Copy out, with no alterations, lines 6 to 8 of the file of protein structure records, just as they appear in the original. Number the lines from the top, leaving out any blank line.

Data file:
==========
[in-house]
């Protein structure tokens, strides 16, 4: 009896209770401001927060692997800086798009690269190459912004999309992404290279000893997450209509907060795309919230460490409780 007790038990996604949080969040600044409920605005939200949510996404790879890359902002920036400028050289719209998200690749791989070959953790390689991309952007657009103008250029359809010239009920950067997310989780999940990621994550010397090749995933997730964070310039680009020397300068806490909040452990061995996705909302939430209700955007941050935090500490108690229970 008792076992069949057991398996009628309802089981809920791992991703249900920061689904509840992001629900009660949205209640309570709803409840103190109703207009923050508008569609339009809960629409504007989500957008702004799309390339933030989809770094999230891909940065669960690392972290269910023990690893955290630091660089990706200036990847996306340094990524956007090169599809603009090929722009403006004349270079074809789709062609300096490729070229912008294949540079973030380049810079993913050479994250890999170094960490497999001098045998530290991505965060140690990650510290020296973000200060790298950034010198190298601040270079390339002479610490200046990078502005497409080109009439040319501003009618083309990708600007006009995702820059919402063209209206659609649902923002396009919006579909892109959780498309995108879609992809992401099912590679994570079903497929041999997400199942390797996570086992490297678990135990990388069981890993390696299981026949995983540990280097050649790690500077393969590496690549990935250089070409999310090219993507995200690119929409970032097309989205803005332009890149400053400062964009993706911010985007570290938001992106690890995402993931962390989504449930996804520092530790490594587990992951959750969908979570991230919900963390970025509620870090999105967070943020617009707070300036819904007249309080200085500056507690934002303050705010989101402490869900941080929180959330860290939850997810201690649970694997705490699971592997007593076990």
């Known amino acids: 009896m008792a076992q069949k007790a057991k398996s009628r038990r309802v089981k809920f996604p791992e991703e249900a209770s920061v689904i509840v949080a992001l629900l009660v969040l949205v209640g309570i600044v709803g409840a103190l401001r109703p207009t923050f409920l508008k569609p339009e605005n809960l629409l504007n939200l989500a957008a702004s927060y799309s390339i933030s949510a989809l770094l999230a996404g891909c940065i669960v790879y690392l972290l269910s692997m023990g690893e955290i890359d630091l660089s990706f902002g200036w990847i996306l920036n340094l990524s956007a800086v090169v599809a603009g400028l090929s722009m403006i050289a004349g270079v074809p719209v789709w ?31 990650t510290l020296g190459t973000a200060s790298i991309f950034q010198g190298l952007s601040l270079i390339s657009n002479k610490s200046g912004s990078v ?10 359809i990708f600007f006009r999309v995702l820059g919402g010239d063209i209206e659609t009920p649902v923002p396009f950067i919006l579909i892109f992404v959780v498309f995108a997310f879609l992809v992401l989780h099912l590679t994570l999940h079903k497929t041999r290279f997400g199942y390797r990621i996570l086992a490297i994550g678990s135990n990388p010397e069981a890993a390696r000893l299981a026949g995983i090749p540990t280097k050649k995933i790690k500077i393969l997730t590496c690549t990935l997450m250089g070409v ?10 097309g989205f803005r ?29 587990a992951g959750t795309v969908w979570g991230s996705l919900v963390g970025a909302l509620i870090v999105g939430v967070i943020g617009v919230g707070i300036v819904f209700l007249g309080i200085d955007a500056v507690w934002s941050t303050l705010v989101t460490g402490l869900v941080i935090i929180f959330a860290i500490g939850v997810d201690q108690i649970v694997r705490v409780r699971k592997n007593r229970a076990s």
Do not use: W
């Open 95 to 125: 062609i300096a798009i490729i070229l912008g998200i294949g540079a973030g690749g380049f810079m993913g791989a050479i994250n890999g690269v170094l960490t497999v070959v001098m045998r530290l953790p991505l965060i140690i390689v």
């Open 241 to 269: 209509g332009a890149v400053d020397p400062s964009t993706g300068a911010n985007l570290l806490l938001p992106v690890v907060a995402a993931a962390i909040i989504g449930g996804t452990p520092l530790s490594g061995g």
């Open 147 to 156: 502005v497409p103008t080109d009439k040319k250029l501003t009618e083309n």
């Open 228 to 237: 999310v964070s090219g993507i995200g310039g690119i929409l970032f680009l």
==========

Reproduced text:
């Open 241 to 269: 209509g332009a890149v400053d020397p400062s964009t993706g300068a911010n985007l570290l806490l938001p992106v690890v907060a995402a993931a962390i909040i989504g449930g996804t452990p520092l530790s490594g061995g």
């Open 147 to 156: 502005v497409p103008t080109d009439k040319k250029l501003t009618e083309n």
């Open 228 to 237: 999310v964070s090219g993507i995200g310039g690119i929409l970032f680009l």